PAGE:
Do Fewer Trees Mean More Death?
When a forest service researcher realized that the loss of 100 million trees infested by the emerald ash borer could present a unique opportunity to learn more about the value of trees, he probably didn’t expect to find such dramatic effects of treeless streets.
But in the neighborhoods hit by the beetle that kills ash trees, researchers noticed a stark rise in human mortality from cardiovascular and lower respiratory disease: there were 15,000 more deaths from cardiovascular disease, or 16.7 additional deaths per year per 100,000 adults, and 6,000 more deaths from lower respiratory disease than in unaffected areas, or 6.8 additional deaths per year per 100,000 adults.
The deaths were reported in 18 years of data from 1,296 counties in 15 states, between 1990 and 2007, and are published in the American Journal of Preventive Medicine.
The researchers controlled for demographic differences, such as income, race, and education.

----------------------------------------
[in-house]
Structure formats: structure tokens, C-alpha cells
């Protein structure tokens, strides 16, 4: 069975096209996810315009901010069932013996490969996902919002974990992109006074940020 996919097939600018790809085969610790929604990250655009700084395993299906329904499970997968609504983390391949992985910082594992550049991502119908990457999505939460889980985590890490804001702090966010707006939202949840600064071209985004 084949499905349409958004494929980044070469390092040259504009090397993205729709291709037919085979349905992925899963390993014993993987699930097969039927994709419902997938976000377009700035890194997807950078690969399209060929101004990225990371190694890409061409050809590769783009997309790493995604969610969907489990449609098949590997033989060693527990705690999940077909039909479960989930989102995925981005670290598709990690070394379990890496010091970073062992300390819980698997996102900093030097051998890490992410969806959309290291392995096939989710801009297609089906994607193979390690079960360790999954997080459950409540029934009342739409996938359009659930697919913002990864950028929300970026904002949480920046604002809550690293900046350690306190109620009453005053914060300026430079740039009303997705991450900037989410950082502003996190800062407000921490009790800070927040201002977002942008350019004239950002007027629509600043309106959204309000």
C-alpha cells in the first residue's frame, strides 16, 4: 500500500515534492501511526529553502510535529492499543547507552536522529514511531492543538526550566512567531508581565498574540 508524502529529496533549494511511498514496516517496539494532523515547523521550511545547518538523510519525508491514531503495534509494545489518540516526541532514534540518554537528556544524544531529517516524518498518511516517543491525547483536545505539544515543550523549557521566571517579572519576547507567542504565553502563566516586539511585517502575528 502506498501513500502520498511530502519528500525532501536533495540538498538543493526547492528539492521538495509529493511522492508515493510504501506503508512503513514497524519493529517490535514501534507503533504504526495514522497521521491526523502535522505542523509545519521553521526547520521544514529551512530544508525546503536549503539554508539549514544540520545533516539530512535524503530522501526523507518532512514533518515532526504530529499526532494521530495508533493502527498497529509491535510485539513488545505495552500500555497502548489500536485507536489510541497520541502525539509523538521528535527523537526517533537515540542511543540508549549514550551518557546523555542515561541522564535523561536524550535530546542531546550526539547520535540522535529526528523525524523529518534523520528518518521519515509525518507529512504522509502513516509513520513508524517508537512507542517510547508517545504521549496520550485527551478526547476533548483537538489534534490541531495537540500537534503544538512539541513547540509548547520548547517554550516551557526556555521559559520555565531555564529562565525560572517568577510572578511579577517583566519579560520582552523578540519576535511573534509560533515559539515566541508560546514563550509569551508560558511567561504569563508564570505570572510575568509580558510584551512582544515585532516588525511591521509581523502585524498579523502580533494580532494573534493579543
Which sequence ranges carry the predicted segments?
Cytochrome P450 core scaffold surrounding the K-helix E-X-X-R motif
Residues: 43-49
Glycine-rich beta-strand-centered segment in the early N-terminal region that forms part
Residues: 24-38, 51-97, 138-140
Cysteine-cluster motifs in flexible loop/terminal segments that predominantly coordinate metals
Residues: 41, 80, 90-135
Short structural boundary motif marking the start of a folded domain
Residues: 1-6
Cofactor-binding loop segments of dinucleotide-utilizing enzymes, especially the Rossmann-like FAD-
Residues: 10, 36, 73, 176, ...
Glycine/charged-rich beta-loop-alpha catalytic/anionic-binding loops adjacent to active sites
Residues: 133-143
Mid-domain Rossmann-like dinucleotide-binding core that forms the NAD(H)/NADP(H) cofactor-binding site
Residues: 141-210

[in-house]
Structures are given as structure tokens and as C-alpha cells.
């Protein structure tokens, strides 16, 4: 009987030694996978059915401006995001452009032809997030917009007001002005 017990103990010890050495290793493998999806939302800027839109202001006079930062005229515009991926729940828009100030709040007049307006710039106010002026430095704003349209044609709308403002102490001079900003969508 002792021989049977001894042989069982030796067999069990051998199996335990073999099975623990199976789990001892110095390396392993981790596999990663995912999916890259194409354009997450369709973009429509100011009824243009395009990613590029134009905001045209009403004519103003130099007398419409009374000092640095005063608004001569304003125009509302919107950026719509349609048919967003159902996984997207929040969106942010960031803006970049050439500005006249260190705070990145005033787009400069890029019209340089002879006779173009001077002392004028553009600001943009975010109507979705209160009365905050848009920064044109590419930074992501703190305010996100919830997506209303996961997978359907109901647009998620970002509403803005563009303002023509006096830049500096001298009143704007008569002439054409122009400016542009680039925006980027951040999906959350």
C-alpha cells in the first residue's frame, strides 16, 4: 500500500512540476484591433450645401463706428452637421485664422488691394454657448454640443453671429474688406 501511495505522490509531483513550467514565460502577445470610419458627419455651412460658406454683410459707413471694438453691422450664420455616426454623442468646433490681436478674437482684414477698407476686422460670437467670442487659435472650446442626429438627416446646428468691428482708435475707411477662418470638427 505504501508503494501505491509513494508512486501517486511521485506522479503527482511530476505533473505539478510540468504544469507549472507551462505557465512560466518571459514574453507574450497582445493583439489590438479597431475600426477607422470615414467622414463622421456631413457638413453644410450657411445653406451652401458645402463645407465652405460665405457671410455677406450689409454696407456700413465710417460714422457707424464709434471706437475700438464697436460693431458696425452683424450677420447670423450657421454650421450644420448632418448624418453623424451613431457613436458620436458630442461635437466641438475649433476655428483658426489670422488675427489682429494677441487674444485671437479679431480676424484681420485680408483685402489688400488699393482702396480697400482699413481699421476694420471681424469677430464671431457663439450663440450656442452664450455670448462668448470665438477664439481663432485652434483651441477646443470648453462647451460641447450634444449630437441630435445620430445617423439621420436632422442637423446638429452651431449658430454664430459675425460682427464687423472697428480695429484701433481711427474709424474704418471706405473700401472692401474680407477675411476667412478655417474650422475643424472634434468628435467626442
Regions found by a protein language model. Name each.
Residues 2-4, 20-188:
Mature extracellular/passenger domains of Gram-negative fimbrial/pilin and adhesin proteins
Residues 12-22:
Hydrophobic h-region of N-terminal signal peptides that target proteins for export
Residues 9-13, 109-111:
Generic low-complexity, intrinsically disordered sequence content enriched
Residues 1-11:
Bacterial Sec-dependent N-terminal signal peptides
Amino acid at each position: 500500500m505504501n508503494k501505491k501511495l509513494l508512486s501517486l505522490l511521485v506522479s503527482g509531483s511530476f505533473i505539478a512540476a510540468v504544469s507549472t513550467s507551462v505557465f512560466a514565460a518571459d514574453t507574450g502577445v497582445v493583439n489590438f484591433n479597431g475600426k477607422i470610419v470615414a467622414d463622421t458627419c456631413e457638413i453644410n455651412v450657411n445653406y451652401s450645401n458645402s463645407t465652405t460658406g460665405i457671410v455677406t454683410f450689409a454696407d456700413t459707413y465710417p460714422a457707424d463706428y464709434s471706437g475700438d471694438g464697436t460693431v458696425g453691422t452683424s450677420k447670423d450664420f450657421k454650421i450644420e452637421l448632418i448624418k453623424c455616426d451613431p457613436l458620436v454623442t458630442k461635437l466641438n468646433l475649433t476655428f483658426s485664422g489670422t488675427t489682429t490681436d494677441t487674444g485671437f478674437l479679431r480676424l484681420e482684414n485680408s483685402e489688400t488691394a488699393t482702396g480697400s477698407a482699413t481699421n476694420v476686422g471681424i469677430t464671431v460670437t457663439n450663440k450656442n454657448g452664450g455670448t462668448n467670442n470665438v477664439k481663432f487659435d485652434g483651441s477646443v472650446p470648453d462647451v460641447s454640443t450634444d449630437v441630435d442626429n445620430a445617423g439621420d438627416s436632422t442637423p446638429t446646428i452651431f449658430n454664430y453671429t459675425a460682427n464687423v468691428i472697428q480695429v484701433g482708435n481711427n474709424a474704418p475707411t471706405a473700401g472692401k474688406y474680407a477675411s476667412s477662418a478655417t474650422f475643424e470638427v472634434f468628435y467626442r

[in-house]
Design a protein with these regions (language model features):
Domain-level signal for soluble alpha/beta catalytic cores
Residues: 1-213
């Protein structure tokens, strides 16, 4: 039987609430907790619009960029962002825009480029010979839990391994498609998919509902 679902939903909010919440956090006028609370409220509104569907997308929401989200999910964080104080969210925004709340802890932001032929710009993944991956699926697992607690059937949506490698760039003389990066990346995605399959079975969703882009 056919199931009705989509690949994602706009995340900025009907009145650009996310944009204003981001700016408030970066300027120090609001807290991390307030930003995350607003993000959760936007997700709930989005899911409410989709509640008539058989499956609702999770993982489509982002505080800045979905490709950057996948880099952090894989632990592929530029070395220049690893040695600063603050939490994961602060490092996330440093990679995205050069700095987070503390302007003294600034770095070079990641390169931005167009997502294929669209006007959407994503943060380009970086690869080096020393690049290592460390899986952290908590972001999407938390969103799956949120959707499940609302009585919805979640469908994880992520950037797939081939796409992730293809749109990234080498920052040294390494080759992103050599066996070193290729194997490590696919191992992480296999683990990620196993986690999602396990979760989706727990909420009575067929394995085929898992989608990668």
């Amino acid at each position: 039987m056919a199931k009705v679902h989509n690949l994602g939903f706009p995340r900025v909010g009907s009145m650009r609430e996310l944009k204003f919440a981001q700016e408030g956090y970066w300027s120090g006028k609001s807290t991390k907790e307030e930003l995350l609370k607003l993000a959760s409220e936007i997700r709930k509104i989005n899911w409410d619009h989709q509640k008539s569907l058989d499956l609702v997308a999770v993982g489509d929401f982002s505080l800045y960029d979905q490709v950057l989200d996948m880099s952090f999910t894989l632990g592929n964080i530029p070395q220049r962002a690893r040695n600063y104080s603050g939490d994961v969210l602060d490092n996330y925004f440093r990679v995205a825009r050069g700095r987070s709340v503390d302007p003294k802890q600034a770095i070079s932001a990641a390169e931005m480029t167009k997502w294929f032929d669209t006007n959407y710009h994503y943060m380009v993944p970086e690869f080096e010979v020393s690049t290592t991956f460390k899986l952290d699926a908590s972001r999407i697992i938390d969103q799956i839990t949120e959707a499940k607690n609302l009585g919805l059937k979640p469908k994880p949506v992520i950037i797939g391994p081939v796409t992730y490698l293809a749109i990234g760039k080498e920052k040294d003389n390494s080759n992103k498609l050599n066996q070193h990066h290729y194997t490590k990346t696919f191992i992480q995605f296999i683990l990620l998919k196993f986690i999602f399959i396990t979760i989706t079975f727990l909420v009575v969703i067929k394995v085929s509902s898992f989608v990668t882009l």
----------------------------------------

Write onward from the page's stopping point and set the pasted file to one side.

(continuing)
“There’s a natural tendency to see our findings and conclude that, surely, the higher mortality rates are because of some confounding variable, like income or education, and not the loss of trees,” said Geoffrey Donovan, a research forester at the Forest Service’s Pacific Northwest Research Station, said in a press release. “But we saw the same pattern repeated over and over in counties with very different demographic makeups.”
The results are significant enough to make researchers suspect that there could be more than an association between the increased risk of death and the lack of trees. Future research may focus on a causal relationship, and could include how trees may improve anything from air quality to human stress and physical activity.